SOPhiA 2021

Salzburgiense Concilium Omnibus Philosophis Analyticis

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Programme - Talk

The Dutch Book Argument for Probabilism and the Expected Utility Objection
(Epistemology, )

A This paper aims to evaluate a novel objection against the Dutch Book Argument for Probabilism: the expected utility objection that has been first put forward by Hedden (2013) and further discussed by Wronski & Godziszewski (2017). The Dutch Book argument (DBA) assumes the so-called Ramsey's Thesis (RT), according to which there is a particular kind of connection between an agent?s credences and her fair betting quotients. Namely, on RT, an agent's credence in a proposition matches her fair betting quotient for that proposition. And according to the expected utility objection, RT is false because it conflicts with the principle of maximising expected utility. Hence, the DBA is unsound; or so the objection goes. This paper argues that the new objection is not successful. My argument, briefly, is as follows: RT amounts to a betting interpretation or explication of an imprecise concept of credence. More fully, on this betting interpretation, the proposition "an agent's degree of belief in H should be q" or explicated as follows: "an agent is indifferent between buying or selling the bet for Sq." q is called an agent's betting quotient for H. The proponents of the expected utility objection, such as Hedden, do not provide any interpretation or explication of credence. Instead, Hedden (and Wronski and Godziszewski) take the concept of credence as primitive or uninterpreted. Now, I agree with Hedden that if we take an uninterpreted, primitive concept of credence, then, given some additional assumptions, an agent's degree of belief may not match her fair betting quotients. But this does not show that the expected utility objection against the DBA succeeds. This is because the objection does not address the DBA as an argument by interpretation. And Hedden and other supporters of this objection do not provide any alternative interpretation or explication of credences. I conclude that an unanalysed notion of credence, assumed by the proponents of the expected utility objection, is inferior to the betting interpretation. Thus, the criticism of RT is unfounded.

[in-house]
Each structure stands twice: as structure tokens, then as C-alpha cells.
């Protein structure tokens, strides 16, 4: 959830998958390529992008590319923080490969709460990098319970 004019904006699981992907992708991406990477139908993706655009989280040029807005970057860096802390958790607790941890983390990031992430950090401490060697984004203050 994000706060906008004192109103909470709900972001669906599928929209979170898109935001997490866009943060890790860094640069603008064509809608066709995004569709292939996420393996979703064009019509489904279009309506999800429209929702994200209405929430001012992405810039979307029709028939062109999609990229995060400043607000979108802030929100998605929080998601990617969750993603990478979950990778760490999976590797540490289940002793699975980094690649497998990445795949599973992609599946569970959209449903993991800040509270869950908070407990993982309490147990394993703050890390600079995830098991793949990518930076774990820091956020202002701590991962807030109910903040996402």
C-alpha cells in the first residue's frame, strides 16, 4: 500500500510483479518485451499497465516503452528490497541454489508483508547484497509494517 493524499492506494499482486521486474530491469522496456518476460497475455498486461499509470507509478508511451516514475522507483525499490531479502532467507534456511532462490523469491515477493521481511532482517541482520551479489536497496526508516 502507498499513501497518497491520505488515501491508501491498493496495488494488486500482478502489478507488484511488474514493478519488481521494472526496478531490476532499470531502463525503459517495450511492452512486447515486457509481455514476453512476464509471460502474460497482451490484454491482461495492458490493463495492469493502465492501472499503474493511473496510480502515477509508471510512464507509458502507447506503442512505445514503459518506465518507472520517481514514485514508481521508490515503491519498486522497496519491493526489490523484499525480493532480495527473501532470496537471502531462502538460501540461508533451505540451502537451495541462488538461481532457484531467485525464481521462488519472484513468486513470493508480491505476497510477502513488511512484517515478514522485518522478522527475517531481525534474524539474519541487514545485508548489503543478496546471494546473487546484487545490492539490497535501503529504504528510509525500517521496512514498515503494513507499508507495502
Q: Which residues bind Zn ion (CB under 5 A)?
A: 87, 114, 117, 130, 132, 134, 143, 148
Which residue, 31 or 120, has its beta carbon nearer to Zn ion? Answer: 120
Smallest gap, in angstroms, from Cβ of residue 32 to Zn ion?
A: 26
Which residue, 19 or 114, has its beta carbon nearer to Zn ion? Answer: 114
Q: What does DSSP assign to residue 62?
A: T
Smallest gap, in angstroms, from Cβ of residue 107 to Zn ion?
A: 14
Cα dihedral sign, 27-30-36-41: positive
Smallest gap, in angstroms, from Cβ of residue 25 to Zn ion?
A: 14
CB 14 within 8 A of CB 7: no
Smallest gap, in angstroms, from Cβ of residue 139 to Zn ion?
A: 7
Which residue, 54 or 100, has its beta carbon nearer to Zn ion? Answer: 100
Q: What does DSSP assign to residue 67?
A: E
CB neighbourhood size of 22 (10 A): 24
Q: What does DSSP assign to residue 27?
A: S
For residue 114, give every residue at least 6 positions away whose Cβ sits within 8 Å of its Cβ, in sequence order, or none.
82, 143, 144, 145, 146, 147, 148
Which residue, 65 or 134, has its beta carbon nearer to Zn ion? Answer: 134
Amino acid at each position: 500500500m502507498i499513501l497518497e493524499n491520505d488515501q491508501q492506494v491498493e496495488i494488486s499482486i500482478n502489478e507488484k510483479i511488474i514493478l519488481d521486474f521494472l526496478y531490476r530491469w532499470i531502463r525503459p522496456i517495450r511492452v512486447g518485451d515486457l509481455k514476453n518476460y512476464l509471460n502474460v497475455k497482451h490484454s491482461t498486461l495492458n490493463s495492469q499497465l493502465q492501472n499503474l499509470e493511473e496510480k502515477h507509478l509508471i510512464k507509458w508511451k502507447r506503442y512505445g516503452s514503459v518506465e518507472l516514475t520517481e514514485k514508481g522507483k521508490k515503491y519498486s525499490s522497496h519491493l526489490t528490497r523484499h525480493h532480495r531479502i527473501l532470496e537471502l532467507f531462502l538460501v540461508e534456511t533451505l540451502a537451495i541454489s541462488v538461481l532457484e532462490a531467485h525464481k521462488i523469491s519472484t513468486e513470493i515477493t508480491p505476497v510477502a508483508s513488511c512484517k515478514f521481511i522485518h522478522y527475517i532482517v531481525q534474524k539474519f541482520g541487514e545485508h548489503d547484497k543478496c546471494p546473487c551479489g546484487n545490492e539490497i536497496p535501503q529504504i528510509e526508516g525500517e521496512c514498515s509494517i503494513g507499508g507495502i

Chair: Kimon Sourlas-Kotzamanis
Time: 10:00-10:30, 10 September 2021 (Friday)
Location: HS E.002
Remark: (Online Talk)

Nina Abesadze 
(University of Salzburg, )



Testability and Meaning deco